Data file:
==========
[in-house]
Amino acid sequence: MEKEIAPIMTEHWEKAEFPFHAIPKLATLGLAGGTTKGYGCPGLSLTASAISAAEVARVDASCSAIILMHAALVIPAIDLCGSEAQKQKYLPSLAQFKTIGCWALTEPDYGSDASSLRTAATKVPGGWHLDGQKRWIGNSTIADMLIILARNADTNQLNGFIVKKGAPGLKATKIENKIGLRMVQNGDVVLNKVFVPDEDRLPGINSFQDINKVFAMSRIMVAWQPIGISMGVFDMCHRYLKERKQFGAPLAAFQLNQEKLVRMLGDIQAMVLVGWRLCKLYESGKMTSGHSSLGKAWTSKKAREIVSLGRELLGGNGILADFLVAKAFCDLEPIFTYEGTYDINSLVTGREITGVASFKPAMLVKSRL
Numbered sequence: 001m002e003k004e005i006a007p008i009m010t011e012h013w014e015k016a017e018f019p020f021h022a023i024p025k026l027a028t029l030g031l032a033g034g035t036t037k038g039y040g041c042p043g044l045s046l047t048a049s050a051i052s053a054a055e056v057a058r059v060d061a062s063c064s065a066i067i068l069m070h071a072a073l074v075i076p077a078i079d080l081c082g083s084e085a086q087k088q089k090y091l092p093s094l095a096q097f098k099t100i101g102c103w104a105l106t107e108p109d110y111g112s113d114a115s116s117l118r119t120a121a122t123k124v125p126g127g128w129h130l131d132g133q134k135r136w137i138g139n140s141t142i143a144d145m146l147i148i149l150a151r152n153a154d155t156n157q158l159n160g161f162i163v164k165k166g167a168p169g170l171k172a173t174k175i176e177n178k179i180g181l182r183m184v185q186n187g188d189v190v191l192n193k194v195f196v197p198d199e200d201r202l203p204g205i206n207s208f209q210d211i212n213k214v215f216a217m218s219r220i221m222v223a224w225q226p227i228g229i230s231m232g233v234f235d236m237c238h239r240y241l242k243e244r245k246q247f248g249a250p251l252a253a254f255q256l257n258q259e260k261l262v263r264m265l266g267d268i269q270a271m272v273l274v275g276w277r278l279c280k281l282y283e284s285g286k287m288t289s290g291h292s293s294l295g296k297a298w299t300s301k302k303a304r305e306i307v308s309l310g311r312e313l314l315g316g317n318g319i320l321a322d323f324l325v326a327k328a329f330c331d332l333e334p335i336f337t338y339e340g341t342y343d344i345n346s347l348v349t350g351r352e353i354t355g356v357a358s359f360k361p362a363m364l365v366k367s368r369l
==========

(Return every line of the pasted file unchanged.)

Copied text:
[in-house]
Amino acid sequence: MEKEIAPIMTEHWEKAEFPFHAIPKLATLGLAGGTTKGYGCPGLSLTASAISAAEVARVDASCSAIILMHAALVIPAIDLCGSEAQKQKYLPSLAQFKTIGCWALTEPDYGSDASSLRTAATKVPGGWHLDGQKRWIGNSTIADMLIILARNADTNQLNGFIVKKGAPGLKATKIENKIGLRMVQNGDVVLNKVFVPDEDRLPGINSFQDINKVFAMSRIMVAWQPIGISMGVFDMCHRYLKERKQFGAPLAAFQLNQEKLVRMLGDIQAMVLVGWRLCKLYESGKMTSGHSSLGKAWTSKKAREIVSLGRELLGGNGILADFLVAKAFCDLEPIFTYEGTYDINSLVTGREITGVASFKPAMLVKSRL
Numbered sequence: 001m002e003k004e005i006a007p008i009m010t011e012h013w014e015k016a017e018f019p020f021h022a023i024p025k026l027a028t029l030g031l032a033g034g035t036t037k038g039y040g041c042p043g044l045s046l047t048a049s050a051i052s053a054a055e056v057a058r059v060d061a062s063c064s065a066i067i068l069m070h071a072a073l074v075i076p077a078i079d080l081c082g083s084e085a086q087k088q089k090y091l092p093s094l095a096q097f098k099t100i101g102c103w104a105l106t107e108p109d110y111g112s113d114a115s116s117l118r119t120a121a122t123k124v125p126g127g128w129h130l131d132g133q134k135r136w137i138g139n140s141t142i143a144d145m146l147i148i149l150a151r152n153a154d155t156n157q158l159n160g161f162i163v164k165k166g167a168p169g170l171k172a173t174k175i176e177n178k179i180g181l182r183m184v185q186n187g188d189v190v191l192n193k194v195f196v197p198d199e200d201r202l203p204g205i206n207s208f209q210d211i212n213k214v215f216a217m218s219r220i221m222v223a224w225q226p227i228g229i230s231m232g233v234f235d236m237c238h239r240y241l242k243e244r245k246q247f248g249a250p251l252a253a254f255q256l257n258q259e260k261l262v263r264m265l266g267d268i269q270a271m272v273l274v275g276w277r278l279c280k281l282y283e284s285g286k287m288t289s290g291h292s293s294l295g296k297a298w299t300s301k302k303a304r305e306i307v308s309l310g311r312e313l314l315g316g317n318g319i320l321a322d323f324l325v326a327k328a329f330c331d332l333e334p335i336f337t338y339e340g341t342y343d344i345n346s347l348v349t350g351r352e353i354t355g356v357a358s359f360k361p362a363m364l365v366k367s368r369l